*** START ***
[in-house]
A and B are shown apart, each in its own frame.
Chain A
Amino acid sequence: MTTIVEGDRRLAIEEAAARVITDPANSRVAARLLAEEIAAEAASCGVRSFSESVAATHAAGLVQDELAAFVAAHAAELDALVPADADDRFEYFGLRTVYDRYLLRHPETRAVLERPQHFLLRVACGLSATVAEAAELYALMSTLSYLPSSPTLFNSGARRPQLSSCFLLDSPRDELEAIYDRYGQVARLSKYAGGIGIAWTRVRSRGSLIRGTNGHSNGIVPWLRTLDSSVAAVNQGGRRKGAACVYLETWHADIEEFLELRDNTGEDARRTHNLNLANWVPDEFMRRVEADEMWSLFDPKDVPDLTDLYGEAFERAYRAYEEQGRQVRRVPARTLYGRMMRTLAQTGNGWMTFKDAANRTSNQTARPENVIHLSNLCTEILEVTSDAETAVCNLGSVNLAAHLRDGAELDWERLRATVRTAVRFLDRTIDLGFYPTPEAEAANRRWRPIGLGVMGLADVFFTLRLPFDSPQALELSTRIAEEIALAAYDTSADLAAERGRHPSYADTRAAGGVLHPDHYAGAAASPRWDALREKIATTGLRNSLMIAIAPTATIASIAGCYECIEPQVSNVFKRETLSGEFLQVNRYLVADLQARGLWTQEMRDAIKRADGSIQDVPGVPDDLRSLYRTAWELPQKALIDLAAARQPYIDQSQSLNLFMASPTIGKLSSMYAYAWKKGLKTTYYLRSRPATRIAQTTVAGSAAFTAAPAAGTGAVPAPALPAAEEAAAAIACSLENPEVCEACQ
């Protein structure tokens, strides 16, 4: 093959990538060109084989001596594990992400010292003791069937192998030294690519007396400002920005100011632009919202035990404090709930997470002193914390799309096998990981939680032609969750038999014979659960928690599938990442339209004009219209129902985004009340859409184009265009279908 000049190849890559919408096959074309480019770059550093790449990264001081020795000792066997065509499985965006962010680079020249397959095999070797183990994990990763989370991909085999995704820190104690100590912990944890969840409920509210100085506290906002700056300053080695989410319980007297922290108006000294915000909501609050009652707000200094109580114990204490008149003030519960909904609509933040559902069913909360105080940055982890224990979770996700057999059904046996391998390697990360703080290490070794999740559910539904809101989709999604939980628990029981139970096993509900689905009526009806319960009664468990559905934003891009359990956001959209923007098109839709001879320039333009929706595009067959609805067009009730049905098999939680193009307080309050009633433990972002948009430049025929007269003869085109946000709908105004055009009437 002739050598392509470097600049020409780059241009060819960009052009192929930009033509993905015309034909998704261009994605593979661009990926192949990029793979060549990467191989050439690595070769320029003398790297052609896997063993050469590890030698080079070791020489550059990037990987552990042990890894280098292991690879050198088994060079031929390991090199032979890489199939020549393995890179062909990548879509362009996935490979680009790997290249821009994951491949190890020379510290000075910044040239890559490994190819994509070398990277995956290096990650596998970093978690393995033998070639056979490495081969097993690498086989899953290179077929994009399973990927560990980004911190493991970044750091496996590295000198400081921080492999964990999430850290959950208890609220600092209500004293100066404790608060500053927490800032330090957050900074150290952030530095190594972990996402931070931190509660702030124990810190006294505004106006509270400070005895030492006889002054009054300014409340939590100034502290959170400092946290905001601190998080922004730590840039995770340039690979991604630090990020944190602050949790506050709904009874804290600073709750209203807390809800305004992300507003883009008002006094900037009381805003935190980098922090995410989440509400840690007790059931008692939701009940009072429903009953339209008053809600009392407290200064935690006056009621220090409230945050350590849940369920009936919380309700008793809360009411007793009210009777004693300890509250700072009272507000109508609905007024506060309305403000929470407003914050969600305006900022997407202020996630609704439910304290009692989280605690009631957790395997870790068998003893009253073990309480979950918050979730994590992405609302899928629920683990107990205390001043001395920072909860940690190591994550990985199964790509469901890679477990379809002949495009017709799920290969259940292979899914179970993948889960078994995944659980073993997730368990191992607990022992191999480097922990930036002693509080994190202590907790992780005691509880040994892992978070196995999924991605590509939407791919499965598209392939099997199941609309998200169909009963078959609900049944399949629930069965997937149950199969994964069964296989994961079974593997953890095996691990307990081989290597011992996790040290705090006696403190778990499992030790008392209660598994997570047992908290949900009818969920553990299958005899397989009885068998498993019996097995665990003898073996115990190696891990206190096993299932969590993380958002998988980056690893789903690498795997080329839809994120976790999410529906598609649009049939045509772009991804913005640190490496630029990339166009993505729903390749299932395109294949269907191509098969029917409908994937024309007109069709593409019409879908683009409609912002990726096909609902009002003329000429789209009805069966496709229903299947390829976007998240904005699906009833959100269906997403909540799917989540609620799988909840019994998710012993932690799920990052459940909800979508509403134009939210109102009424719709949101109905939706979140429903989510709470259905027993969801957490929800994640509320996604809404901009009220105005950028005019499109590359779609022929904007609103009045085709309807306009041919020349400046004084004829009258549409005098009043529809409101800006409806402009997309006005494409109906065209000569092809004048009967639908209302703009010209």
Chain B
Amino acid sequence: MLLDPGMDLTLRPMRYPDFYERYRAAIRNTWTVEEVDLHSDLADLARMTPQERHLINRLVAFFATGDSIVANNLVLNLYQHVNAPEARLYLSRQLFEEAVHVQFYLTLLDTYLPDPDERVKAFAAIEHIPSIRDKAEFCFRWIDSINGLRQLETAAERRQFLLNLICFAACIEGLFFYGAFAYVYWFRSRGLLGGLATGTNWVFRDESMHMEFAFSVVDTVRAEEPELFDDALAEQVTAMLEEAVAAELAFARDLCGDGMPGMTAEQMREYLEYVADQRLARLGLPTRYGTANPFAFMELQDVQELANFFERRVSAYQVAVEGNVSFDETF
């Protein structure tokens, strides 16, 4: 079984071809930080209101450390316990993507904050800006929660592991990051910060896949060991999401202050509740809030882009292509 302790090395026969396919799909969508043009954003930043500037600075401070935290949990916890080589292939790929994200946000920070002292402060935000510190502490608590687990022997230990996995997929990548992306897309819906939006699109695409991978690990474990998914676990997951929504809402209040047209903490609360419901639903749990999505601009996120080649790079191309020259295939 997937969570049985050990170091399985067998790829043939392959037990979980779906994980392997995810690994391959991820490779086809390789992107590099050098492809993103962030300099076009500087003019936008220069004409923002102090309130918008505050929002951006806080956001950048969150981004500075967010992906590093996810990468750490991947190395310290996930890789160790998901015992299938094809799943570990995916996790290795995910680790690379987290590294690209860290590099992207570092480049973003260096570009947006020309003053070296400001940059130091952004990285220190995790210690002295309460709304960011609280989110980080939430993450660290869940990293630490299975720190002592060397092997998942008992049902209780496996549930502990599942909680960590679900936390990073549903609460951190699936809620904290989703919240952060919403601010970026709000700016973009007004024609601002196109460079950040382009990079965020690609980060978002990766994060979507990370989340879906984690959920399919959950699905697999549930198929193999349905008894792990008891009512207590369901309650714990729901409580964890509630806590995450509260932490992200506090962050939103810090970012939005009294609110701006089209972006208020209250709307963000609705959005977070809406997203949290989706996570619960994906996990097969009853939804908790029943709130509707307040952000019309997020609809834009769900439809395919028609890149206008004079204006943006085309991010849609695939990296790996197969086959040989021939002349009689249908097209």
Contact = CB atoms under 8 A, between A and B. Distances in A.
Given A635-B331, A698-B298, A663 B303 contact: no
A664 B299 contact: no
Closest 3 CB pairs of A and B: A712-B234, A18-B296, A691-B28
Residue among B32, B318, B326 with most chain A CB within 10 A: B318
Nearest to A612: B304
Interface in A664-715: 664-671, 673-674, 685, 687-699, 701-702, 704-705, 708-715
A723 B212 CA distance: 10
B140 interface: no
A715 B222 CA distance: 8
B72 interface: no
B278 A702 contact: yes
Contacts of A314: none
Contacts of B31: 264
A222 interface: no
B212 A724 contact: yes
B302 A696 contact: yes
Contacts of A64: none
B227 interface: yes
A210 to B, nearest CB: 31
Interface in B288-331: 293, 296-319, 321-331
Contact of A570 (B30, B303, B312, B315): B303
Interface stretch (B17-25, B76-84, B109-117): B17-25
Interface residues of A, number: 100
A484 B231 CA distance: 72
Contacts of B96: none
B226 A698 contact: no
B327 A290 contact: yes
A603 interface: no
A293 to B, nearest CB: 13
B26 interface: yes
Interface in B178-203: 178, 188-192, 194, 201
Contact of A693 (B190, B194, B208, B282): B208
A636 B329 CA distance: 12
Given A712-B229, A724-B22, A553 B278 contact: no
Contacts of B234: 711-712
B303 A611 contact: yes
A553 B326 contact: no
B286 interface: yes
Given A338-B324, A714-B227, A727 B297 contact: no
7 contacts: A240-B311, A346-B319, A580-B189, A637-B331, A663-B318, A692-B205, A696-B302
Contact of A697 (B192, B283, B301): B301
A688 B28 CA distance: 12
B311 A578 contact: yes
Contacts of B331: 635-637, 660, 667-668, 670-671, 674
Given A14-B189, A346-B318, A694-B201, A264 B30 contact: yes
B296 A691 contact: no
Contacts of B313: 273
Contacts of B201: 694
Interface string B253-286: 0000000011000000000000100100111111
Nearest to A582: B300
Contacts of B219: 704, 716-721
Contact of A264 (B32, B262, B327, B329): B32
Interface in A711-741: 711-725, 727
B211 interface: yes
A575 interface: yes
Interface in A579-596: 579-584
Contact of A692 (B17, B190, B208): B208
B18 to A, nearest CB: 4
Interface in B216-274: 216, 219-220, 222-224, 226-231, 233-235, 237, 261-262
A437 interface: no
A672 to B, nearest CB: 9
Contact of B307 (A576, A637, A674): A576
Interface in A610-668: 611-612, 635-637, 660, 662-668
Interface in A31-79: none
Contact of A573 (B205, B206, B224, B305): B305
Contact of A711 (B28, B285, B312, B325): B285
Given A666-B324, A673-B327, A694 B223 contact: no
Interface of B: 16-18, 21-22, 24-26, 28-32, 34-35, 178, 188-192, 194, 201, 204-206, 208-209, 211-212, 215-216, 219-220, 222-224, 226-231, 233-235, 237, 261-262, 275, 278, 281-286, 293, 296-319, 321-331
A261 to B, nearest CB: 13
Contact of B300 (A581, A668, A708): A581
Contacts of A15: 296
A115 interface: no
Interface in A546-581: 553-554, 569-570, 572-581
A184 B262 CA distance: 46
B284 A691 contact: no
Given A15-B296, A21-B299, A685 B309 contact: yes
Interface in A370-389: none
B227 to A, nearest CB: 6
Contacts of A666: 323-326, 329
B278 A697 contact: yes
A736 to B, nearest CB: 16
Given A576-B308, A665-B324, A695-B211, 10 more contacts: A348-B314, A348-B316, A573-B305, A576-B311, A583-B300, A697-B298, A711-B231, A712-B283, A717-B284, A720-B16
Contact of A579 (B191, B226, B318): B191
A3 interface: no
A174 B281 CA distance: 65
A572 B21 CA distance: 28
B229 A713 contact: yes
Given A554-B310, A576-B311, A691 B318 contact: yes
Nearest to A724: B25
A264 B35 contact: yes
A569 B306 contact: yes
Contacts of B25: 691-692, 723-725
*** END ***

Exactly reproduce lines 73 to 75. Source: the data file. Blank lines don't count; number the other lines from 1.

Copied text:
Interface in A31-79: none
Contact of A573 (B205, B206, B224, B305): B305
Contact of A711 (B28, B285, B312, B325): B285